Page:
Cody ponders the purpose of an open beta test...
Wonderful. Another ‘open beta’ for another online shooter, that’s currently being featured on the home page of Steam. I can almost hear the marketing team now: ‘Yeah, let’s spend a bunch of money promoting our BETA TEST on Steam, so that millions of people who aren’t beta testers get a chance to see an unfinished version of our game and write it off forever.”
It’s silly, really. I mean, either your game is ready for launch and you launch it, or it’s not ready, and you keep it in a closed testing environment until it is - in the case of Warframe, it isn’t, and with an open beta ‘soft launch’, developer Digital Extremes have simply let their audience play a version of their game that they shouldn’t have ever seen.
Which sucks. A lot. Because, between the closed beta and the open one, some great changes were made that drastically increased the quality of the experience. A few more months and they might have had it close to perfect (and probably will - right at the moment when everyone’s already decided they don’t want to play it anymore).
Warframe could be really enjoyable game
I want to go on record here and say that I really enjoyed my time playing Warframe. It’s a great entry into the free to play world, because it’s so very different to just about everything else around it. It’s basically a story-driven single player shooter, with a cooperative mode that allows up to 3 other players to join your game. It’s gorgeous, innovative and plenty of fun to boot.
It’s just that... well, it’s not finished. Playing it at the moment is a little like ordering a full English Breakfast, but only getting a sausage and a few clumps of chunky mash. You KNOW there’s supposed to be an egg in this plate, and a hash brown, and a good serving of beans - and you KNOW that the mash should be smooth and buttery, but it just isn't what they gave you.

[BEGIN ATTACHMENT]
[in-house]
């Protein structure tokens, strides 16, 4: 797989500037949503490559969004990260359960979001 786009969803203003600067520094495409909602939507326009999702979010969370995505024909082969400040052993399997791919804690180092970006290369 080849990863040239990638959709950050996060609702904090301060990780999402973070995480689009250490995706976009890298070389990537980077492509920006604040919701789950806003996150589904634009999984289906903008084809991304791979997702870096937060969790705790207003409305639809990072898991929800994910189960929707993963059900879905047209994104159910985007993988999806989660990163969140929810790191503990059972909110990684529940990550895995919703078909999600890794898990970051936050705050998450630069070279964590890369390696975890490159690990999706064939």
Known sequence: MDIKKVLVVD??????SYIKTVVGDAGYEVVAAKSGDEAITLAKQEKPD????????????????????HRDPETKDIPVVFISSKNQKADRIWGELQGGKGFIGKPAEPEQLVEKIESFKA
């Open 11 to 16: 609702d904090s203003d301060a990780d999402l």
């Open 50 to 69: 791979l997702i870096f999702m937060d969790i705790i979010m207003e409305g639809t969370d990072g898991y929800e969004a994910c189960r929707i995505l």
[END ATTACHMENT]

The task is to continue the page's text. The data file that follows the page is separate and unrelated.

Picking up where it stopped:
So, after you’ve created a character, played through the tutorial and completed a few missions - right when you start to realise that, while epic, things are starting to get a little stale - instead of pointing out the epic combat mechanics, dynamic cooperative gameplay and innovate stealth mechanics - you’re instead left wondering why the visuals are tearing, why no matter how many times you try to stealth past a group of enemies you’re always left with the same alarm siren alerting the entire freakin’ base to your presence, and why no matter how many different players and warframes you try to combine, every match seems to turn into a frag-frenzy lacking tactics, discipline and strategy at every turn.
Progression saves the day?
Fortunately, where the gameplay mechanics and lack of variety fail to maintain attention, the progression system, which works by asking players to kill bosses to collect blueprints (or buy them with real money) and components from throughout missions, and by combining them to create new weapons and warframes keeps players hungry for more.
My guess is that it’s because of the epic visuals in Waframe; the warframes, which act something like a class, offering a set of unique abilities and enhancements, are some of the coolest looking alien-tech beings I’ve ever seen. From Ash to Ember, Excalibur to Rhino, there’s a warframe that’s sure to suit the visual and gameplay tastes of most players, and increasing their level and decking them out with new weapons is about as addictive as it’s ever been.
Big world, little variety
I think the thing that excited me most about Waframe when I first booted it up, months back in the closed beta, was the map selection screen. It’s a map of our solar system, with each planet representing a series of available missions. It offered the promise of variety; a promise that, sadly, wasn’t kept.
It soon became clear that, while different missions offered different objectives, they all looked mostly the same - dark corridor after dark corridor, each filled with tougher and tougher enemies that were either military, cyborg or alien - and by the time our team had advanced beyond Mercury, none of us really felt the urge to keep pluggin’ through.
I’ve done a little research and learned that there’s an Asteroid Base level design, and some kind of snowy tundra type, too. But, from what I could gather, that’s really about it, and it’s led me to believe that, while Warframe does indeed look and play like a retail shooter, it’s significantly less. That’s likely why it’s free. There’s enough cheap progression mechanics to keep you going if you’re into that, but the lack of variety and depth make it’s missing half of the game.
Corsual Conclusion: HardCORE
The fast-paced, frantic gameplay is definitely a staple of the hardcore gamer, and while the progression mechanics do have a scent of casual progression about them, it’s clear that as the difficulty scales players are going to need to work together in order to take down some of the tougher bosses.